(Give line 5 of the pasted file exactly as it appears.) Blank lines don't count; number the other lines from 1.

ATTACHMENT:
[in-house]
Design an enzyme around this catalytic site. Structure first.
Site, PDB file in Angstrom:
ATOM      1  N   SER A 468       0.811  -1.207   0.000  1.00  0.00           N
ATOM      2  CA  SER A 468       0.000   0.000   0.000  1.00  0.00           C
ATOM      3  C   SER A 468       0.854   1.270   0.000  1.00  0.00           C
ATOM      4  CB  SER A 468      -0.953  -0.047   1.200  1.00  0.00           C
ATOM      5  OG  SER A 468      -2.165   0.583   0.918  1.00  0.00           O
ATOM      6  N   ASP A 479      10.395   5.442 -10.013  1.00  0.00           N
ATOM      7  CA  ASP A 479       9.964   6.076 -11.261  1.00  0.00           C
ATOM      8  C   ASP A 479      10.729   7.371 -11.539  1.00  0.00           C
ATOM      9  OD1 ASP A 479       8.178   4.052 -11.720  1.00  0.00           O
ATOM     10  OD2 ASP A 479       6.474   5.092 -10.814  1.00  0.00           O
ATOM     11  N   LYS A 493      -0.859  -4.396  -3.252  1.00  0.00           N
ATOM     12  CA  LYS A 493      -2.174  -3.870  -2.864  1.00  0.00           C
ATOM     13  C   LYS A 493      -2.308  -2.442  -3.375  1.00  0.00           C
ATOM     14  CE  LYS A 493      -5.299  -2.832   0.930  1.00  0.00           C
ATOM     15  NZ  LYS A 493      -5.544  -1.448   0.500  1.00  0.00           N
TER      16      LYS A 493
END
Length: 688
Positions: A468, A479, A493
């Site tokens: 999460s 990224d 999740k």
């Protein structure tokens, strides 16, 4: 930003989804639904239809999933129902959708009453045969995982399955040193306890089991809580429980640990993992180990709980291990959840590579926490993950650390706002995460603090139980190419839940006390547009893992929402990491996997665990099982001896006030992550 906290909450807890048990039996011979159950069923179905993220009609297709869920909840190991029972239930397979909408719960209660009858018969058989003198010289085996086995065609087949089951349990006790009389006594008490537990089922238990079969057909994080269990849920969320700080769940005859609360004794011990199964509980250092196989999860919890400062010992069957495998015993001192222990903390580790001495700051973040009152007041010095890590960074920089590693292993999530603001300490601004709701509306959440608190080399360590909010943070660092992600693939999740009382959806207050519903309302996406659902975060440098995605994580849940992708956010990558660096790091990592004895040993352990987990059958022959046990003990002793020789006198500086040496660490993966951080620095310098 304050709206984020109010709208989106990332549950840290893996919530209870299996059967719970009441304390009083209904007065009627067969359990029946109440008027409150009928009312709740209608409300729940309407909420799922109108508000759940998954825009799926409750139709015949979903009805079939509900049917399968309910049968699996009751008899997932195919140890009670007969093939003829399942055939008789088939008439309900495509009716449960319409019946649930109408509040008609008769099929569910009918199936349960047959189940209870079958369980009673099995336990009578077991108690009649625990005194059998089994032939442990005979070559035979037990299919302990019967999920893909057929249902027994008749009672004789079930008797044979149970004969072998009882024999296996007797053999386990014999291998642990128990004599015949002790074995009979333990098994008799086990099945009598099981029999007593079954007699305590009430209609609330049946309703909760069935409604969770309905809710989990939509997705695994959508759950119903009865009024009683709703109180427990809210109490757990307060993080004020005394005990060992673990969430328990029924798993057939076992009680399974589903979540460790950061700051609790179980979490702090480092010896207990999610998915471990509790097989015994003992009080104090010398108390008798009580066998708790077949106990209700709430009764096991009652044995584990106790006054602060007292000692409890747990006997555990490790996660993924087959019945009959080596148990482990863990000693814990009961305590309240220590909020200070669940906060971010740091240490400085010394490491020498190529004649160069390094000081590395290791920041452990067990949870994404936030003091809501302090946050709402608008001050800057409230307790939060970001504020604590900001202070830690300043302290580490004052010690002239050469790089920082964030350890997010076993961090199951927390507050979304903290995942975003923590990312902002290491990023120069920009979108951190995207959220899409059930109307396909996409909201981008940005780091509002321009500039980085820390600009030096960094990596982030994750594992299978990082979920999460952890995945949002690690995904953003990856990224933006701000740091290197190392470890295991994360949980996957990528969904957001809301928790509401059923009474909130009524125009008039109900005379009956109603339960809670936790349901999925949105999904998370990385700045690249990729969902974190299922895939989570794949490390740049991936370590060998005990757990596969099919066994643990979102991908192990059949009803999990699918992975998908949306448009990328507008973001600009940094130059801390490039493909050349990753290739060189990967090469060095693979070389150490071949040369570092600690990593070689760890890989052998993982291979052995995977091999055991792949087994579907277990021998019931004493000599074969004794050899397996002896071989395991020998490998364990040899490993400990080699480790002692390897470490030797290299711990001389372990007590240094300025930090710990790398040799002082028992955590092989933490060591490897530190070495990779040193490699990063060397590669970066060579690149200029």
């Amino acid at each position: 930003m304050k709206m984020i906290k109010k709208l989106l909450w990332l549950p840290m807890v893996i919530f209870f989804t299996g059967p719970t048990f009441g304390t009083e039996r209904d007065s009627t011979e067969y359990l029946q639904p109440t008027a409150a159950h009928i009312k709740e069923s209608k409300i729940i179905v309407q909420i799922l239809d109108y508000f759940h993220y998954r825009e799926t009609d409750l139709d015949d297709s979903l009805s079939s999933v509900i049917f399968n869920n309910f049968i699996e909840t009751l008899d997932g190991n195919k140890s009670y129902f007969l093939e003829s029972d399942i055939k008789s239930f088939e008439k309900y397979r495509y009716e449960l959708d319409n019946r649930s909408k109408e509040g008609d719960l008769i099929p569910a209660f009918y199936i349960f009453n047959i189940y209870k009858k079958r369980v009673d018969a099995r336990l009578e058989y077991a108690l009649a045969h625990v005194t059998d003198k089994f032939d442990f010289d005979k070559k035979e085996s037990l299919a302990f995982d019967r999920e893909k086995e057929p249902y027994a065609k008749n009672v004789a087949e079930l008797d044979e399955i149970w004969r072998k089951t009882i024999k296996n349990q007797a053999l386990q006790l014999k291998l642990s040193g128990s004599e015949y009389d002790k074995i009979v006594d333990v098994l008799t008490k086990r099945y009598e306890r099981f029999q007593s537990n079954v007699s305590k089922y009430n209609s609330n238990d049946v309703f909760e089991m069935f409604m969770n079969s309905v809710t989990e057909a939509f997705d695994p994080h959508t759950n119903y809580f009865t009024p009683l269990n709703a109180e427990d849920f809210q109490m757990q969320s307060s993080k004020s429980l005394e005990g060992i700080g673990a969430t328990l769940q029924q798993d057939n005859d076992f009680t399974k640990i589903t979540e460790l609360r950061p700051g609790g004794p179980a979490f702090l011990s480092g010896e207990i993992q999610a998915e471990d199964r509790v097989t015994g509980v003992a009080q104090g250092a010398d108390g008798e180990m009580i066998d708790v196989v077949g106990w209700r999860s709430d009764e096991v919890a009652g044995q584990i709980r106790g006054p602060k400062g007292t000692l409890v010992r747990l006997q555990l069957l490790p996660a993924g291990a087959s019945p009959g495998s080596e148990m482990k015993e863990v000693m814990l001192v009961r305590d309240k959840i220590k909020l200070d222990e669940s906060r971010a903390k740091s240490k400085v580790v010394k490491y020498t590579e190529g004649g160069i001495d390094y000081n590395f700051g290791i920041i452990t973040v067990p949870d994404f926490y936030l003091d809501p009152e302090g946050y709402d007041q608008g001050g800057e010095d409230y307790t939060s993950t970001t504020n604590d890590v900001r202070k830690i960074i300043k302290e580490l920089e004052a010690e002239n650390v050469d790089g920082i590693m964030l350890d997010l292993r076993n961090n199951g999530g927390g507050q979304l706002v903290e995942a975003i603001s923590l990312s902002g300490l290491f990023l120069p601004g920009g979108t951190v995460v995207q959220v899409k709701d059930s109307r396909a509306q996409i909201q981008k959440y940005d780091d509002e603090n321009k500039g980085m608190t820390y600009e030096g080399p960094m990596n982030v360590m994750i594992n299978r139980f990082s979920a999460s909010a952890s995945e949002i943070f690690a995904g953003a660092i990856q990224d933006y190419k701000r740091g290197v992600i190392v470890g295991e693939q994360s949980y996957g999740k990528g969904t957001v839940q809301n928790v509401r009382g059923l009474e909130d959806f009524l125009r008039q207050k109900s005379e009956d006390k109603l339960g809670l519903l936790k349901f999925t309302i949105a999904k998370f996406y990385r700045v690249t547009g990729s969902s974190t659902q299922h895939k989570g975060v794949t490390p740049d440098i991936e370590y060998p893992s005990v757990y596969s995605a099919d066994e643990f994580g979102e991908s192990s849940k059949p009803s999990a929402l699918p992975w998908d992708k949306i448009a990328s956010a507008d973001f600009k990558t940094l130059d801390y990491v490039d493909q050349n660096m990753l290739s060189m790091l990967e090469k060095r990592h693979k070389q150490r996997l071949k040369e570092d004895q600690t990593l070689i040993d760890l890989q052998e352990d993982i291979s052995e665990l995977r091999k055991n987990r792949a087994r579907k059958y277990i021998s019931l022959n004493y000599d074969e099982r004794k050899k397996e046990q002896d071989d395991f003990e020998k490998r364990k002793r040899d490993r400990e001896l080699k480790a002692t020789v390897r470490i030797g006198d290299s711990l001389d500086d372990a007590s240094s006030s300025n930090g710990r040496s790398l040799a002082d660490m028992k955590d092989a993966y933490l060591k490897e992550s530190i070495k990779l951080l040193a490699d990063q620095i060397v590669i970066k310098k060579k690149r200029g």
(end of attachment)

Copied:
ATOM      2  CA  SER A 468       0.000   0.000   0.000  1.00  0.00           C